The 1914 Test of the Langley "Aerodrome". Smithsonian Miscellaneous Collections, Volume 103, number 8. Publication 3699.

ABBOT, C. G. - [ENDING THE SMITHSONIAN-WRIGHT CONTROVERSY - ORVILLE WRIGHT'S COPY]

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Washington, Smithsonian Institution, 1942. 8vo. Uncut and partly unopened in the original printed wrappers. Orville Wright's copy, with "From the private library of Orville Wright. Coexecutor" printed on title-page and signed by "H.S. Miller", the coexecutor. A very fine and clean copy, near mint. (2), 8 pp. First printing, Orville Wright's own copy, of this paper in which the Smithsonian Institution apologizes for and retracts former statements about the precedence of the Langley machine, thereby ending the Smithsonian-Wright controversy: who made the "first man-carrying aeroplane in the history".The Langley Aerodrome was a pioneering, but unsuccessful, manned, powered airplane designed by Smithsonian Institution Secretary Samuel Langley. At its first attempt in 1896, it plunged into the river "like a handful of mortar," according to one reporter. At the second attempt, in 1903, the craft broke and crashed into the Potomac River. This scenario repeated itself for nine days. Nine days after the final attempt, the Wright Brothers flew into history with their four successful flights in North Carolina and patented their airplane. The Smithsonian Aerodrome was heavily modified and flown a few hundred feet by Glenn Curtiss in 1914, as part of his attempt to fight the Wright brothers' patent, and as an effort by the Smithsonian to rescue Langley's aeronautical reputation. Nevertheless, courts upheld the patent. However, the Curtiss flights emboldened the Smithsonian to display the Aerodrome in its museum as "the first man-carrying aeroplane in the history of the world capable of sustained free flight". "It was a lie pure and simple, but it bore the imprimatur of the venerable Smithsonian and over the years would find its way into magazines, history books, and encyclopedias, much to the annoyance of those familiar with the facts." (Howard, 1987). The Smithsonian's action triggered a decades-long feud with the surviving Wright brother, Orville.This feud was finally ended with the present publication in which is stated "So far as I am aware, all men agree that on December 17, 1903, at Kitty Hawk, North Carolina, Orville and Wilbur Wright, alternately piloting their plane, made the first sustained human flights in a power propelled heavier-than-air machine.". Bookseller Inventory # 46567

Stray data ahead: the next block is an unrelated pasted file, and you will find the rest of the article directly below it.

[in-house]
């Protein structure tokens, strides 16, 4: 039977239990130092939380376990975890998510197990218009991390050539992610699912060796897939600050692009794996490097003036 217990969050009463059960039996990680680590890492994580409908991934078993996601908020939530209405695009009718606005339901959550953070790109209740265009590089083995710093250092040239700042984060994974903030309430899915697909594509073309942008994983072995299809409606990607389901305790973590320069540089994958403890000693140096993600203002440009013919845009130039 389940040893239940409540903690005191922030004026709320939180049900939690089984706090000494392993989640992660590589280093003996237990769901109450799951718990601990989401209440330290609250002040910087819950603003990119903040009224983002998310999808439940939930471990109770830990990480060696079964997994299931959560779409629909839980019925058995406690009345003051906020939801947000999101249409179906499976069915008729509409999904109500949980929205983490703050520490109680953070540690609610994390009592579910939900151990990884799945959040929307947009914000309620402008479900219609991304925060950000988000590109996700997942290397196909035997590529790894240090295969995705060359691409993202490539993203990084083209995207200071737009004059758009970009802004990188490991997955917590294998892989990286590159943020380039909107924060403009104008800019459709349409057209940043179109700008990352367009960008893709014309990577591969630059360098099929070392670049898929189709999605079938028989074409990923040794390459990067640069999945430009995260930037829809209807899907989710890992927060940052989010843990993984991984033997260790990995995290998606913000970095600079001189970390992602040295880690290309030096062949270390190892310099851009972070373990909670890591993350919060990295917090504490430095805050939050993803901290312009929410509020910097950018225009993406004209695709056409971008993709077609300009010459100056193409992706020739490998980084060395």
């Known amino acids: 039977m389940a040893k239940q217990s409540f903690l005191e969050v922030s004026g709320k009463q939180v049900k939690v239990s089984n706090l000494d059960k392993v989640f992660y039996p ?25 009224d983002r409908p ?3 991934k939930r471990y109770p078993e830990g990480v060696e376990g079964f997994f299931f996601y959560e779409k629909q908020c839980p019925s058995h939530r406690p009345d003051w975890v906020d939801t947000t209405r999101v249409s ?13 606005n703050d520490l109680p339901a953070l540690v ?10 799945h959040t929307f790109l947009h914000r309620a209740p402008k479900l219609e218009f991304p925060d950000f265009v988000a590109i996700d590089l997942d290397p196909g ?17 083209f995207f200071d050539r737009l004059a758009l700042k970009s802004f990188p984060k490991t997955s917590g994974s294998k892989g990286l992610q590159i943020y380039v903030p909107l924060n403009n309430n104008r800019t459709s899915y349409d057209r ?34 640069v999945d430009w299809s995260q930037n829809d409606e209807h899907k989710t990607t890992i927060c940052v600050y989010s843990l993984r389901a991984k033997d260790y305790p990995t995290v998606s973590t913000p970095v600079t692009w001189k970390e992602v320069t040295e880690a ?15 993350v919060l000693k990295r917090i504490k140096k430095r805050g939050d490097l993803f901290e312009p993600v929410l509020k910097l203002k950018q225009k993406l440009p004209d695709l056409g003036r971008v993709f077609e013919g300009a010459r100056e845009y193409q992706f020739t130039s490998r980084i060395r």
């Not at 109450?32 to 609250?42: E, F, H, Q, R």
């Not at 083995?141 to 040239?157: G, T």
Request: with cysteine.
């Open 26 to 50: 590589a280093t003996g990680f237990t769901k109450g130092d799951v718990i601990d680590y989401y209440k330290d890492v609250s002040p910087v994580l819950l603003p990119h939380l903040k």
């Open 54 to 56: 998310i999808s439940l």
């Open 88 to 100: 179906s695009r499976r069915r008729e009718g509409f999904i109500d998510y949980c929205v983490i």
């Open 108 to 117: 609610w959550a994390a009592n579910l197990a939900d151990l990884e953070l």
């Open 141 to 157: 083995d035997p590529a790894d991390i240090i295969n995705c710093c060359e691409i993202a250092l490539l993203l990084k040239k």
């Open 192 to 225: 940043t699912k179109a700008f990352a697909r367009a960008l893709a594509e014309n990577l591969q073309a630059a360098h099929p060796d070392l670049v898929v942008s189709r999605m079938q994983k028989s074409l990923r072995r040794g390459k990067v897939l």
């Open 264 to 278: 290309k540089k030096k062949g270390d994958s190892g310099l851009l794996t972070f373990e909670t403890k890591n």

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Bibliographic Details

Title: The 1914 Test of the Langley "Aerodrome". ...

Binding: Soft cover

Signed: Signed by Author(s)

Edition: 1st Edition

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